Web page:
New figures from the British Bankers Association (BBA) reveal the ten UK postcode areas with the highest level of personal debt per person.
Today the BBA has released a vast amount of data about lending to individuals and businesses, classified by more than 9,000 postcodes in the UK. Combining their figures with data from the 2011 census, they have been able to map out the 10 UK postcodes with the highest levels of personal loans per capita.
Top of the list was the postcode area BA1 9, which includes Lansdown - a suburb of Bath. This area was found to have average personal loans per person of £2,311. Following close behind was EC1V 2 - a stretch of City Road between Old Street roundabout and the Angel tube station in London - with a figure of £2,188 per person. In third place was NE66 4, which includes several villages to the north and west of Alnwick in Northumberland.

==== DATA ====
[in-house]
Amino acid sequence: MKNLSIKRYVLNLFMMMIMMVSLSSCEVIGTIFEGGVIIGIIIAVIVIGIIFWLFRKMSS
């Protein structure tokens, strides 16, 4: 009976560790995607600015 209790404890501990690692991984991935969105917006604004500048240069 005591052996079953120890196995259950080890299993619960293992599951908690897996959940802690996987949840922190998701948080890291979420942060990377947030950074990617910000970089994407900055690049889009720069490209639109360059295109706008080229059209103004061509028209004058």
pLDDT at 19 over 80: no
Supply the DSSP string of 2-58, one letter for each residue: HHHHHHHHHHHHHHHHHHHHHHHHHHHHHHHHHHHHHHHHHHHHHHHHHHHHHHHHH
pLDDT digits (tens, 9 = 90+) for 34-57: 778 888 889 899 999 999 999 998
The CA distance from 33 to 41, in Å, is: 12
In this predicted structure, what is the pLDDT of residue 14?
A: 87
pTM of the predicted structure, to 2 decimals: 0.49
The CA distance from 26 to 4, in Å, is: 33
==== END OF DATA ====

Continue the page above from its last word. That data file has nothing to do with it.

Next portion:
BBA chief economist Richard Woolhouse said:
“We've been working hard to make this data as accurate and comprehensive as possible and it now covers 96 per cent of lending to smaller businesses and 99 per cent of personal loans by postcode sector.
“But this data is complex and it remains very difficult to draw firm conclusions about lending at a local level.”
The figures include data from Bank of Scotland, Barclays, Halifax, HSBC, Lloyds Bank, Nationwide, Royal Bank of Scotland/NatWest, Santander, and the Clydesdale and Yorkshire banks. These institutions represent 60% of the personal loan market. Some data has been redacted to “protect customer confidentiality”.
Separate figures released today by the Council of Mortgage Lenders (CML) reveal that a quarter of Britain’s £897 billion in mortgage debt is owed by people in London. The CML also found that those in the north of England had a 78% likelihood of holding a variable-rate mortgage, compared with 35% in the south of England. Alla Koblyakova, who carried out the research, said:
“As variable-rate mortgages are more sensitive to financial shocks, it is a matter of national economic concern that there is such a geographical imbalance in the way that mortgages are distributed in the UK.”